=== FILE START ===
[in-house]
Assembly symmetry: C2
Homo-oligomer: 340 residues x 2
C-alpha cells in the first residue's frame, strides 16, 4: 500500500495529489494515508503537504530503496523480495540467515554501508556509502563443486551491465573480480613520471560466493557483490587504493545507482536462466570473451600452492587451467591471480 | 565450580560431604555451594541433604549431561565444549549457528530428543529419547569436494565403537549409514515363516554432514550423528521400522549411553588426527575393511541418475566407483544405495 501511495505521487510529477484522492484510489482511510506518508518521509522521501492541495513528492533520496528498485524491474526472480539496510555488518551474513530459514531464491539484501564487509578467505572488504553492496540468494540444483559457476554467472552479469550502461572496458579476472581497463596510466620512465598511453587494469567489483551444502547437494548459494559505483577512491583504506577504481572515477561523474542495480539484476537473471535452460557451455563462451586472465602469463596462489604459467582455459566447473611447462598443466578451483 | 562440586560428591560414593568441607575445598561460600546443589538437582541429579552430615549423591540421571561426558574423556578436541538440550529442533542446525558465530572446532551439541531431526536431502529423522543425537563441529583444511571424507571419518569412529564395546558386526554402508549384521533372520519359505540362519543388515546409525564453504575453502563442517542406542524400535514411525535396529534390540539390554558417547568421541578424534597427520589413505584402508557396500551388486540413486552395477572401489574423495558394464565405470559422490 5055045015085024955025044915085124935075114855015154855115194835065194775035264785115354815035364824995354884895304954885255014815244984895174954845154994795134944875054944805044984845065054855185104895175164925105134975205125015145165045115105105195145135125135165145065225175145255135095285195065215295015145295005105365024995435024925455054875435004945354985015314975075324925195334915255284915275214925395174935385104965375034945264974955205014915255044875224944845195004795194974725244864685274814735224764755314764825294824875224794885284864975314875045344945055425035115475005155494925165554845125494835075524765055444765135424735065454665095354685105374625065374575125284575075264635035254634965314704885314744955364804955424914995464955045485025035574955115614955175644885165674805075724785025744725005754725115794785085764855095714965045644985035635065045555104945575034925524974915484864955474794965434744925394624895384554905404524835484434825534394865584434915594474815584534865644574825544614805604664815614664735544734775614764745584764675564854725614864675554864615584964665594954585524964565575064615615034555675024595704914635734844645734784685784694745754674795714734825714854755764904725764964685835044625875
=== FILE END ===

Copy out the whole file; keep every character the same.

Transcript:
[in-house]
Assembly symmetry: C2
Homo-oligomer: 340 residues x 2
C-alpha cells in the first residue's frame, strides 16, 4: 500500500495529489494515508503537504530503496523480495540467515554501508556509502563443486551491465573480480613520471560466493557483490587504493545507482536462466570473451600452492587451467591471480 | 565450580560431604555451594541433604549431561565444549549457528530428543529419547569436494565403537549409514515363516554432514550423528521400522549411553588426527575393511541418475566407483544405495 501511495505521487510529477484522492484510489482511510506518508518521509522521501492541495513528492533520496528498485524491474526472480539496510555488518551474513530459514531464491539484501564487509578467505572488504553492496540468494540444483559457476554467472552479469550502461572496458579476472581497463596510466620512465598511453587494469567489483551444502547437494548459494559505483577512491583504506577504481572515477561523474542495480539484476537473471535452460557451455563462451586472465602469463596462489604459467582455459566447473611447462598443466578451483 | 562440586560428591560414593568441607575445598561460600546443589538437582541429579552430615549423591540421571561426558574423556578436541538440550529442533542446525558465530572446532551439541531431526536431502529423522543425537563441529583444511571424507571419518569412529564395546558386526554402508549384521533372520519359505540362519543388515546409525564453504575453502563442517542406542524400535514411525535396529534390540539390554558417547568421541578424534597427520589413505584402508557396500551388486540413486552395477572401489574423495558394464565405470559422490 5055045015085024955025044915085124935075114855015154855115194835065194775035264785115354815035364824995354884895304954885255014815244984895174954845154994795134944875054944805044984845065054855185104895175164925105134975205125015145165045115105105195145135125135165145065225175145255135095285195065215295015145295005105365024995435024925455054875435004945354985015314975075324925195334915255284915275214925395174935385104965375034945264974955205014915255044875224944845195004795194974725244864685274814735224764755314764825294824875224794885284864975314875045344945055425035115475005155494925165554845125494835075524765055444765135424735065454665095354685105374625065374575125284575075264635035254634965314704885314744955364804955424914995464955045485025035574955115614955175644885165674805075724785025744725005754725115794785085764855095714965045644985035635065045555104945575034925524974915484864955474794965434744925394624895384554905404524835484434825534394865584434915594474815584534865644574825544614805604664815614664735544734775614764745584764675564854725614864675554864615584964665594954585524964565575064615615034555675024595704914635734844645734784685784694745754674795714734825714854755764904725764964685835044625875